This article was originally posted on my blog Parrot 1-2-3. At the time I had two quakers, who you will see mentioned a lot. Jingo is still part of my family but lives with my mother in law, and Bobber sadly passed away last June.


I am no stranger to a screaming parrot. My Quaker, Jingo used to be a heavy screamer. I’m not talking about chatter, whistles, squawks and the like. I mean I could easily count on a minimum of four hours of a waking day to be him non-stopping screaming. If you have never heard a Quaker scream…it can be quite irritating!

Please note: ALL birds scream and you will never be able to have a 100% quiet bird. That is not my intention. The idea is to reduce the amount to a more acceptable amount. “Zero” screaming is not a goal you should entertain.

Simply put: I follow the guideline that a busy bird is a quiet bird.

First, I looked at what issues I had and what I thought was an acceptable result to strive for. It’s not enough to simply say, “I don’t want my bird to scream.” It is not only unrealistic, but it doesn’t provide an actual goal. My goals became:

  • I want my birds to scream less during (my son’s) naptime
  • I want my birds to be less reliant on me for entertainment when I am not in the room

Now that I have figured out what I wanted to work on, I needed to figure out what that really meant, and what changes I could make that would actually have an impact. Often, knowing the root of the issue can help give you the answer. It can be most challenging, then, to correct an issue when you don’t know what that issue is. Some things you can focus on for resolution, even without knowing the cause, are:

  • Environment – is it engaging? Where is their “territory”? What do they have that is all theirs? Is movement encouraged?
  • Diet – what food is available to them? Is it meeting their needs nutritionally as well as mentally? Are there supplements that you could incorporate to help?
  • Opportunities – what kind of opportunities do they have for outlets? Foraging, shredding, noise making, exercise?
  • Social – what kind of attention do they get? How much of it?

Now, there are two ways to go about this – you can add one idea at a time until you find a solution that works, or you can implement them all at once. I decided to go all in, because in all likelihood, the issues are multifaceted and it isn’t a single thing that needs to be done to achieve the desired results.

  • Environment – One thing that is easy to do is give your bird more than there little 4 walls. Let them "own" the cage to defend, while giving them other areas near the cage or away from the cage they can also be on. Set up "bird approved" areas like rope perches, playstands, etc to extend what their area is. I added more hanging gyms to the bird room, and am leaving their cages open 24/7. They are still locked in the room during the night or when we aren’t home, for their safety (I have cats), but they have free movement. They still have their cages to “defend”. I also added a new playstand!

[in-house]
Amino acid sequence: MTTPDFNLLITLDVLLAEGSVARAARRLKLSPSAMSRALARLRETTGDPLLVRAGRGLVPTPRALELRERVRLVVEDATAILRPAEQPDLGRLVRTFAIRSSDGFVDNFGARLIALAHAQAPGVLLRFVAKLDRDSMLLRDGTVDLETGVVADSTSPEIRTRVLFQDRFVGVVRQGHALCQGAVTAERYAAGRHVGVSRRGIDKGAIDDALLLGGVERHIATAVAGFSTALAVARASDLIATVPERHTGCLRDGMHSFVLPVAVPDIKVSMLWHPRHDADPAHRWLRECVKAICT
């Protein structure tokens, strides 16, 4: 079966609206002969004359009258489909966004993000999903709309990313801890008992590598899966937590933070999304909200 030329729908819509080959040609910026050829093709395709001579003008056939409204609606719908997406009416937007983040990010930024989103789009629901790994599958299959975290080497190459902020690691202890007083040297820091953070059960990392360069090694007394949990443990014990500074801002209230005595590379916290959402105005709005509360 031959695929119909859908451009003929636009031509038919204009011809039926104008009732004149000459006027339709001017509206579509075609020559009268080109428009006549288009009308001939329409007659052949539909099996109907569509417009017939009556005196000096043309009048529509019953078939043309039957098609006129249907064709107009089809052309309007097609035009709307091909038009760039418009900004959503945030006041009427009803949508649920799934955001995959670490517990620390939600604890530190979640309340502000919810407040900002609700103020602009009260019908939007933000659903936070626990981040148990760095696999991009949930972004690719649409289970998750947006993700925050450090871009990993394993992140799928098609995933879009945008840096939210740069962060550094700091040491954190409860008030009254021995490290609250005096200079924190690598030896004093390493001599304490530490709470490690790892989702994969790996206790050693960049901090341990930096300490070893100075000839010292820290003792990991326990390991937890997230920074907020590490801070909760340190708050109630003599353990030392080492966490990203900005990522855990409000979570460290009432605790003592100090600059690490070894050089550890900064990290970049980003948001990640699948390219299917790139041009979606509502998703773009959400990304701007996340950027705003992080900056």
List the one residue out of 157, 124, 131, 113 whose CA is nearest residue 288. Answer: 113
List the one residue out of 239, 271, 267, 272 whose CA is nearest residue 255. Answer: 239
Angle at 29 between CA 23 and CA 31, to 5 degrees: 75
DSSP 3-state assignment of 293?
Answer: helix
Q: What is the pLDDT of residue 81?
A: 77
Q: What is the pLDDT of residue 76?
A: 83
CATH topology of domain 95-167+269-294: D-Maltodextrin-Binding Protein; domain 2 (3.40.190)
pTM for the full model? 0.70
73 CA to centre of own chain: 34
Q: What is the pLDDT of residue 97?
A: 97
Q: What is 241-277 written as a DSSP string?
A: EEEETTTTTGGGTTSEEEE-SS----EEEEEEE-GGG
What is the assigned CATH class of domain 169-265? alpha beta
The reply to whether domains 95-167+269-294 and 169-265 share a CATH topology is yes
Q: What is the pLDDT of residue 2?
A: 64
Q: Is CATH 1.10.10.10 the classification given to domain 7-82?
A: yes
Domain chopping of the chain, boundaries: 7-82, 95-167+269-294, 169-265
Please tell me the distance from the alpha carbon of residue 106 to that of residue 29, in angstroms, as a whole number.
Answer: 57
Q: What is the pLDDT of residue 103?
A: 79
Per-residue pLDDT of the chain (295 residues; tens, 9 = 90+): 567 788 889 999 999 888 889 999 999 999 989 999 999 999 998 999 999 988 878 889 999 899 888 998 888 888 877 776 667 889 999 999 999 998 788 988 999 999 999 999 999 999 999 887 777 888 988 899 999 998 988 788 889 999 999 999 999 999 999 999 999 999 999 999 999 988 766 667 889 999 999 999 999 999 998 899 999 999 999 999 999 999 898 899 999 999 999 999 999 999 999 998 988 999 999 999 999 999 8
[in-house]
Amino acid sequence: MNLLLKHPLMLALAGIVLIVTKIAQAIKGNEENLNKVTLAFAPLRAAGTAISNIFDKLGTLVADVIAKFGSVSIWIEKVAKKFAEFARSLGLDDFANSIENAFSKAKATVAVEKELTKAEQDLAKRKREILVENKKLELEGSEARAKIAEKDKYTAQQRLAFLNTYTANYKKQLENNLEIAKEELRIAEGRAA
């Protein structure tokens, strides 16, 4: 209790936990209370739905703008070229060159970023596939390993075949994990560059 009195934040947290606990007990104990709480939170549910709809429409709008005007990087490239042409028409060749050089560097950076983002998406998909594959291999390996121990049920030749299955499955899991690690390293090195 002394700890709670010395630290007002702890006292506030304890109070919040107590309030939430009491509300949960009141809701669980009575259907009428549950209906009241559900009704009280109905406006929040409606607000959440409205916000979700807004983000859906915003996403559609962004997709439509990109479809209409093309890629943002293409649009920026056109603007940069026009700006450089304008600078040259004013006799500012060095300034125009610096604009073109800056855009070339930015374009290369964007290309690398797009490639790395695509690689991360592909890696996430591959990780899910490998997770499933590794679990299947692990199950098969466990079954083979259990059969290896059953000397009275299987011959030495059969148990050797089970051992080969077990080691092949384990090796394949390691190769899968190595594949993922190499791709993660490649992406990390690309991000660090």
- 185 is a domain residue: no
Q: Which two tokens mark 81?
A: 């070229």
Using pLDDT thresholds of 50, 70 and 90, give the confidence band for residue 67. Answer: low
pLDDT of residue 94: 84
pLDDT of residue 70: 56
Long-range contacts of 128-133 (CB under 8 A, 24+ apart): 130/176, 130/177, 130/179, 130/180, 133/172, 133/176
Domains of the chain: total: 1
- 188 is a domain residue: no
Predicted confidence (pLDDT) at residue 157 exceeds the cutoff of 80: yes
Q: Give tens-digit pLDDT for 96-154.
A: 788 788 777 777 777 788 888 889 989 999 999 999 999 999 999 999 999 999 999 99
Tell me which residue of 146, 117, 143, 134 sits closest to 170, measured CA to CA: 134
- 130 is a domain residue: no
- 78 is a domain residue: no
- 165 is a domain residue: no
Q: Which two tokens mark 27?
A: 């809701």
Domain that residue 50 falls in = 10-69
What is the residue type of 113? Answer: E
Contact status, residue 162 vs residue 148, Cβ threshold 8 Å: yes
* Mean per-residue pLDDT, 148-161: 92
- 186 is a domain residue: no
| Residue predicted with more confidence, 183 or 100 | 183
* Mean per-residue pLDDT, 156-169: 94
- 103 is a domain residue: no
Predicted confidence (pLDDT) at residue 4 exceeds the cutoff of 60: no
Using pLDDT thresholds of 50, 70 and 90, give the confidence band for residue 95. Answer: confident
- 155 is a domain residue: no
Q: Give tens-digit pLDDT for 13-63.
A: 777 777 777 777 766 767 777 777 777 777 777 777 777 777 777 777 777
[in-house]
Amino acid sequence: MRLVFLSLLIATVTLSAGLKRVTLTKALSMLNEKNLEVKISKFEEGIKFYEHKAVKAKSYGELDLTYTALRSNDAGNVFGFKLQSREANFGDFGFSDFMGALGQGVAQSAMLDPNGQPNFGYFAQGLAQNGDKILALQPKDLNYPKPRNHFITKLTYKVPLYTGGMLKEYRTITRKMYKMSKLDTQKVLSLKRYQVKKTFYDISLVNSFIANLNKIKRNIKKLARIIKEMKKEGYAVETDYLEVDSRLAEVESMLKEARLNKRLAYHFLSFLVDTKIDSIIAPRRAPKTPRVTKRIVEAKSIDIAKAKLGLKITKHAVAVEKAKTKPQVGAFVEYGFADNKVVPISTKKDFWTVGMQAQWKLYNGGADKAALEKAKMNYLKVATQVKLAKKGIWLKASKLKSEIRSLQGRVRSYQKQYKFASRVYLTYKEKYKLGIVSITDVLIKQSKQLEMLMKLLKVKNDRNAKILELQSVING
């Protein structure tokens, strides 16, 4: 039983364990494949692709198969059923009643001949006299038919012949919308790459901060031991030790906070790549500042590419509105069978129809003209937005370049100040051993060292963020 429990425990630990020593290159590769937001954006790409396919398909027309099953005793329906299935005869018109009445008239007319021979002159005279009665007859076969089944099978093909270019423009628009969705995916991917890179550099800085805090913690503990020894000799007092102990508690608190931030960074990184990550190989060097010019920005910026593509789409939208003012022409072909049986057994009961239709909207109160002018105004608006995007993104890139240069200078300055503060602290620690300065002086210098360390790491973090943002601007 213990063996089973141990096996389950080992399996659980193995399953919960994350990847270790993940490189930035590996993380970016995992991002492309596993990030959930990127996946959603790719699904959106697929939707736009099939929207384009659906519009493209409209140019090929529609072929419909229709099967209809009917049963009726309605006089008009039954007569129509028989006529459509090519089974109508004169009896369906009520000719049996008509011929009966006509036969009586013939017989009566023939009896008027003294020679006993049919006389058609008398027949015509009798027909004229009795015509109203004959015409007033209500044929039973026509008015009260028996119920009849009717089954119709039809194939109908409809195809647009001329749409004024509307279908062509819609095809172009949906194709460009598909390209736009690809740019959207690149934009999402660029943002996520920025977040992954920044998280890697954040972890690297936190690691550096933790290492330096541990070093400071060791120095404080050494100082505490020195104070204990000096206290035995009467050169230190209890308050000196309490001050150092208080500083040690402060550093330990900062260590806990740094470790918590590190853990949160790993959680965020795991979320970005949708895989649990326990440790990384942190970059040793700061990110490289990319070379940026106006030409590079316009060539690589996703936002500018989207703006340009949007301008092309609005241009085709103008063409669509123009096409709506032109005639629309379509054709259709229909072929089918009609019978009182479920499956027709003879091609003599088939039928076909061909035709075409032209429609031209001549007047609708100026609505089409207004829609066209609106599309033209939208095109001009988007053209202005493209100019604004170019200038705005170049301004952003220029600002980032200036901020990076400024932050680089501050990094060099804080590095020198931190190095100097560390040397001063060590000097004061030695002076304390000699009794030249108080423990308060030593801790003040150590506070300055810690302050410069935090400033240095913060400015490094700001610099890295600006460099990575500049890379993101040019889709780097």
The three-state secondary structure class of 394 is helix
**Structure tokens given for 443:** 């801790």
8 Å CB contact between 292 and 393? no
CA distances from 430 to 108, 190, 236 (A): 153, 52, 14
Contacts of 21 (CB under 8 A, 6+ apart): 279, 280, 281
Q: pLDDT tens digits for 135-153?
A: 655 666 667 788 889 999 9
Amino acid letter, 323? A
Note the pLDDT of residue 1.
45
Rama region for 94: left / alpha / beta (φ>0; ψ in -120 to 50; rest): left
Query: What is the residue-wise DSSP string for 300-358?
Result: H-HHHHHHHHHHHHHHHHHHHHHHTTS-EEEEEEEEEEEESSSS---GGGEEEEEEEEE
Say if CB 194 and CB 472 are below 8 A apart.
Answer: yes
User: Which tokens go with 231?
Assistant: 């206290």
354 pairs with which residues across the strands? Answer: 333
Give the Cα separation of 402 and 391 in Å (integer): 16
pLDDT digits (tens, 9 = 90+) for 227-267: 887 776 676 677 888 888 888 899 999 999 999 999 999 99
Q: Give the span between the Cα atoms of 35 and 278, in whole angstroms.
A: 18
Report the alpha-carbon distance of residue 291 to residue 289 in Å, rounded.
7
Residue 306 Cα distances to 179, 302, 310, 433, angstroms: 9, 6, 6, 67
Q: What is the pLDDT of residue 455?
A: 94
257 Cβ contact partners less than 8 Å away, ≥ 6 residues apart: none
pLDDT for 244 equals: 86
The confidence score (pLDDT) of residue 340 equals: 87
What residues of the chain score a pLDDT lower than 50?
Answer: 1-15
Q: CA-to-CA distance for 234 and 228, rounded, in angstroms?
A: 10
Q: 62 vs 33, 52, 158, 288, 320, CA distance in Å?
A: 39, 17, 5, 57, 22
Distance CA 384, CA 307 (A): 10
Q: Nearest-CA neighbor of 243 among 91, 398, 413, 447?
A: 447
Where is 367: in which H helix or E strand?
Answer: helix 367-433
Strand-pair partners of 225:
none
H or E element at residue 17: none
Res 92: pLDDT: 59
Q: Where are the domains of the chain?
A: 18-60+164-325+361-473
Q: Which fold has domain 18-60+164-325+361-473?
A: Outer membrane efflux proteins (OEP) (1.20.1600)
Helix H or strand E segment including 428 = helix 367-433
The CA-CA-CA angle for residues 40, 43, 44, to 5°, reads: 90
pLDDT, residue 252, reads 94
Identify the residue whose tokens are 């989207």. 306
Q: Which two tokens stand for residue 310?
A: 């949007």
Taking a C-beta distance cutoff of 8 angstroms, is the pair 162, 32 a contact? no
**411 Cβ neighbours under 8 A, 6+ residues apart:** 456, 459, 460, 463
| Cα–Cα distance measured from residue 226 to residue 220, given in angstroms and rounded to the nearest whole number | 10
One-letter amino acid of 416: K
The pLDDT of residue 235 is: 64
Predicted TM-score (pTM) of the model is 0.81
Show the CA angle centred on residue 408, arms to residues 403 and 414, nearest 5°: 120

• Diet – I started adding three products by Avitech to their diet – FeatherifficAviCalm, and Relaxation and Calming. This is a company I have turned to before for supplements and have always been pleased with their results and quality. I add the full dose of Featheriffic and AviCalm (1/8 tsp or half a scoop each) into each bird’s food dish, as well as into the “community chop” dish where they get their fresh food each morning. The Relaxation and Calming I add a half dose into their water. 
    Sadly, as of this update, Avitech is no longer in business. Fortunately, Morning Bird has stepped in and is now producing similar formulas! The links provided are now the Morning Bird equivalent. 
I also changed feeding time. Instead of feeding them in the morning when they were already pretty quiet, I changed it to my son’s naptime.


  • Opportunities – I forced movement. I saw that most of the screaming from my birds seemed to result from boredom. Their seeds, pellets, chop and water were all in their cages, and their was little incentive to leave the cage. They ate, then got bored. So, seeds and chop are no longer available in their cages. If they want seed, they have to get it from one of the various foraging toys around the room, and if they want their chop, they have to climb out and get it from the desk or on top of the cage to eat it.
I try to encourage flying. Bobber is untame so simply getting near him causes him to take off, where Jingo needs more incentive.

  • Social – I found that I most of the times my birds were contact calling was when they were too lazy to come into the living room! So, I wheel a cage out into the living room if they aren’t willing to come out on their own.